To determine what apps go in the Dock, I normally ask the question “What apps do I use everyday?” But some of the apps I use everyday, or at least a few times a week, are apps that I do not love — a couple of them I don’t even like. So why would I want to have these apps staring at me every time I look at the comupter screen? It’s not hard to open Spotlight with a keyboard shortcut, type a couple letters, and hit enter to open any app you want.

So these are the two questions I’m now asking to determine what goes in my macOS Dock:

  1. Do I use the app everyday?
  2. Do I love the app?

I actually enjoy standard Apple apps, and besides those there are only three: Ulysses, PDF Expert, and Accordance.

“Calm by Design”

Over the weekend Renshaw tweeted a TED talk that caused me to rearrange my iPhone home screen.

Mike Williams’ talk goes something like this:

  • Problem: You are distracted by design. You are constantly pulled towards your phone, and this hampers your abilty to enjoy life.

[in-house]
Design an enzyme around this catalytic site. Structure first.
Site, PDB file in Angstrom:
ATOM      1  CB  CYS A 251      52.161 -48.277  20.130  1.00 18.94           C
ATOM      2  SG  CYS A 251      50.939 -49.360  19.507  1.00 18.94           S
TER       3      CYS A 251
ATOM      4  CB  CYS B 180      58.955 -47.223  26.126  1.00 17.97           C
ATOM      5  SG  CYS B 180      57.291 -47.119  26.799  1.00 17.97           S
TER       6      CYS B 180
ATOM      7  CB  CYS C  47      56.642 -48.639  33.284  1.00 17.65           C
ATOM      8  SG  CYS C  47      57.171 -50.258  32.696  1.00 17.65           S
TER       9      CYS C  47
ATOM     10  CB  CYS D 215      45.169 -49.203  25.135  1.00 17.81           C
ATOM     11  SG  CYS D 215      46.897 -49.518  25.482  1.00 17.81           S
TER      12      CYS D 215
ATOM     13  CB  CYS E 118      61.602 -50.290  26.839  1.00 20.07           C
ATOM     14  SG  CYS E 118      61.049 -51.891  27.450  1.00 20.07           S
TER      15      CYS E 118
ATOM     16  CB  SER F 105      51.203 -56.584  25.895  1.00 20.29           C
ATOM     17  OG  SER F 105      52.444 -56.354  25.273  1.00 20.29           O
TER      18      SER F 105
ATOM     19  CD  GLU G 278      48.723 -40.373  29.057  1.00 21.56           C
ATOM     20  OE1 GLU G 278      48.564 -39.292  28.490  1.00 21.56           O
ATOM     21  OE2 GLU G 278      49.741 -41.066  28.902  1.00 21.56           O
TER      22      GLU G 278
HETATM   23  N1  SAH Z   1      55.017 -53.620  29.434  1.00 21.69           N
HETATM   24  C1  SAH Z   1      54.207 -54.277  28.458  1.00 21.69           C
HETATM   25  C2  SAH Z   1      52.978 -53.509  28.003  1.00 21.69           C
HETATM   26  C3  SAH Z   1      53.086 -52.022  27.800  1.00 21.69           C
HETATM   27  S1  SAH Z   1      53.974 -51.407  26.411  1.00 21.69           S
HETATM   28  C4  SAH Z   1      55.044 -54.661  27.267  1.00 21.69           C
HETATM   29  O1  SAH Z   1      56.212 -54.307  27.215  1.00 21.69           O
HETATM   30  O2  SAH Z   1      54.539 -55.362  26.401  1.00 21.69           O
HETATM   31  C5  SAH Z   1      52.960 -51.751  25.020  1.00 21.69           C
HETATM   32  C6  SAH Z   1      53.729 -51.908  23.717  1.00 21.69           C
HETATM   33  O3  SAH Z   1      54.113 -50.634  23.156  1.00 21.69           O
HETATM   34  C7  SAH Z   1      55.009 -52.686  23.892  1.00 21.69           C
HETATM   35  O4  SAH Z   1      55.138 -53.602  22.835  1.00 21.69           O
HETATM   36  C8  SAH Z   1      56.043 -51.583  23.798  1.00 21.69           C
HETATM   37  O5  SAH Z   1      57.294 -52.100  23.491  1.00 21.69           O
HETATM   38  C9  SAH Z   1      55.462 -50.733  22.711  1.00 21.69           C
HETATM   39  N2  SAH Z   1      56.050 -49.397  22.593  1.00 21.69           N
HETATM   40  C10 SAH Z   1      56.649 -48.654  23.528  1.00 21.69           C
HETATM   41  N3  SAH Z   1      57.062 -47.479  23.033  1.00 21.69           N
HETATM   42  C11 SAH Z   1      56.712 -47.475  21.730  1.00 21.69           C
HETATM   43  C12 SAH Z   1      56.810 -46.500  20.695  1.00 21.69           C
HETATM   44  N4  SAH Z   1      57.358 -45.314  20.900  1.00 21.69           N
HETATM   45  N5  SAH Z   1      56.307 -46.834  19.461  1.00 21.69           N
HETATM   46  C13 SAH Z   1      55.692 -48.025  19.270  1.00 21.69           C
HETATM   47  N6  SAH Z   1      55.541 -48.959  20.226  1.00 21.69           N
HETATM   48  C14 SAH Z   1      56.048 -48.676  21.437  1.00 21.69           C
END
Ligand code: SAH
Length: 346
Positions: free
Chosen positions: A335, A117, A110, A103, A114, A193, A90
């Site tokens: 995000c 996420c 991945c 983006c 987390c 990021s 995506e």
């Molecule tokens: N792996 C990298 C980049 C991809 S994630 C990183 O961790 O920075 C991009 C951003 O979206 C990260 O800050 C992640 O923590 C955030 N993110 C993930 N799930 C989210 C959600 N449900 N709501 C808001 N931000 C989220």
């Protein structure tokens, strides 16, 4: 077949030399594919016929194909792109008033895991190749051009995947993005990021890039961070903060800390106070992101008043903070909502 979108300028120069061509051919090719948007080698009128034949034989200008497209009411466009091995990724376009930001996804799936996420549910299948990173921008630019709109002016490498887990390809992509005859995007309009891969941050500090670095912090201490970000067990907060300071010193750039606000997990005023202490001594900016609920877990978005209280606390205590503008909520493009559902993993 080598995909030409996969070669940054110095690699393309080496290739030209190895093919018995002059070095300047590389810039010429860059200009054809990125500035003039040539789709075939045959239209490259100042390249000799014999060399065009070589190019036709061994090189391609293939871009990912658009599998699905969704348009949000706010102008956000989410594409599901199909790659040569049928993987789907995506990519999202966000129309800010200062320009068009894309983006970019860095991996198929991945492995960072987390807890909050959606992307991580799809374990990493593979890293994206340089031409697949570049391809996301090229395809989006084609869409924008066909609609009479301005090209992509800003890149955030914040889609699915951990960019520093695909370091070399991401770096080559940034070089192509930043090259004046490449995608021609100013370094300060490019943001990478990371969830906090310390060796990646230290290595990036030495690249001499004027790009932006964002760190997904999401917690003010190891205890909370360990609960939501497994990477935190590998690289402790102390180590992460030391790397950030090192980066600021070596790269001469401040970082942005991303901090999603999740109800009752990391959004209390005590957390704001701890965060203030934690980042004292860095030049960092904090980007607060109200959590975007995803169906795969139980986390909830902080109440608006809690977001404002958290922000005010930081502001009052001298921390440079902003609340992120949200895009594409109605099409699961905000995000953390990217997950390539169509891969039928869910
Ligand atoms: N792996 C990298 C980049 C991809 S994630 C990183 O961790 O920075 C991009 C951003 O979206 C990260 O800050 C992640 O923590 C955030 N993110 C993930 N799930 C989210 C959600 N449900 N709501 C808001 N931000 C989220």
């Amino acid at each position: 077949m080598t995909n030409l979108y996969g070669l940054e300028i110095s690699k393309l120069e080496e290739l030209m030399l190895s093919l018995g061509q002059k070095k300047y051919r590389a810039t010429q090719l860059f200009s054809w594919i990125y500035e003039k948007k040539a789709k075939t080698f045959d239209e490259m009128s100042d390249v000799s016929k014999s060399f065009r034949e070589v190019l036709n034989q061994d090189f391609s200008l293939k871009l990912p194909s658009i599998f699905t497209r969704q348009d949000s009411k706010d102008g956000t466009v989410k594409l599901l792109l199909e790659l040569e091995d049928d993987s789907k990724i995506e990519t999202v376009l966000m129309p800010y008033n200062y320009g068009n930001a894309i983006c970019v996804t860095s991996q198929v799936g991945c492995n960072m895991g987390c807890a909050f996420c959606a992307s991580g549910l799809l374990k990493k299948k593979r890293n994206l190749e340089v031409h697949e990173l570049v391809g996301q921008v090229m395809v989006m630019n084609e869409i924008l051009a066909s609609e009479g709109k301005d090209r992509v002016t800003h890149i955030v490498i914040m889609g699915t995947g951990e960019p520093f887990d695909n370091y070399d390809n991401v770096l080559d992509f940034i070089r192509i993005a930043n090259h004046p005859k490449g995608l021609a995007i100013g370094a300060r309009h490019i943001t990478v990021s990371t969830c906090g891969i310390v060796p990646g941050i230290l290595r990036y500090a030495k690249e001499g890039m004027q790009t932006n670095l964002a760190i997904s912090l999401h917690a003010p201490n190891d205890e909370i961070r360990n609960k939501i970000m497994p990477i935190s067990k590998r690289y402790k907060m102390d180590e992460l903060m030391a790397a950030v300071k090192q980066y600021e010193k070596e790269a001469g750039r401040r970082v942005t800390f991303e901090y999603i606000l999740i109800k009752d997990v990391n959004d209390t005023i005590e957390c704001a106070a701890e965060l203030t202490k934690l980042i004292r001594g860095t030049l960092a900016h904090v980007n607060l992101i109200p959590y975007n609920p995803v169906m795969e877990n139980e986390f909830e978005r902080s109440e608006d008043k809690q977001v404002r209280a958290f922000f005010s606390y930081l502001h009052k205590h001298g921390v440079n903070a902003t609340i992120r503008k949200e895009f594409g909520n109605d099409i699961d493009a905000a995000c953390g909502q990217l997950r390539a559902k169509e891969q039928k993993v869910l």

• Comfort: You aren’t alone. We are all in this together.
  • Cause: Tricksters (programmers and designers) daily work to pull you towards their apps as often as possible.
  • Solution: Calm by design.
    1. Clear your homescreen and set your background pic to something you find calming.
    2. Put your most used apps one swipe to the right on a second home screen.
    3. Turn off all notifications except the ones you need.

Now when you turn on your phone you are greeted by a calming image. You now have some space between you and “the jungle” of distraction.

My homescreen now looks like this:

One swipe to the right looks like this:

We’ll see how this goes.

Give it a listen yourself:

Favorite Albums

If I’m listenin to music these days, chances are it’s one of these albums, which I’ve downloaded from Apple Music:

Avett, City and Colour, and Isbell are definitely the artists I listen to most, but for the past couple days it’s been all 22, A Million.